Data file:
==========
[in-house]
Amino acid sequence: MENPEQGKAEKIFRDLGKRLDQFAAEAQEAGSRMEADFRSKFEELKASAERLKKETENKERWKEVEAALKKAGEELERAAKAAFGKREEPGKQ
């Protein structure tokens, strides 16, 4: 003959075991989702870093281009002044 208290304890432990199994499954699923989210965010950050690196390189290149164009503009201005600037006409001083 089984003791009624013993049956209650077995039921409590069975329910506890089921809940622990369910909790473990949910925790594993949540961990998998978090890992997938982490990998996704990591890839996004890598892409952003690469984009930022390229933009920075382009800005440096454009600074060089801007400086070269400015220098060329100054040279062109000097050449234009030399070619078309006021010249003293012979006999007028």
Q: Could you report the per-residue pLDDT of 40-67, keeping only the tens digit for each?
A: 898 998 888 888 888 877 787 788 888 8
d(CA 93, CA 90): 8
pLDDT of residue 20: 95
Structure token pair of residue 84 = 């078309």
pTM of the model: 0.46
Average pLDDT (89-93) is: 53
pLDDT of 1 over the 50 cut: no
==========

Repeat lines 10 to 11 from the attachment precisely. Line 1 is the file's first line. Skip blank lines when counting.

Average pLDDT (89-93) is: 53
pLDDT of 1 over the 50 cut: no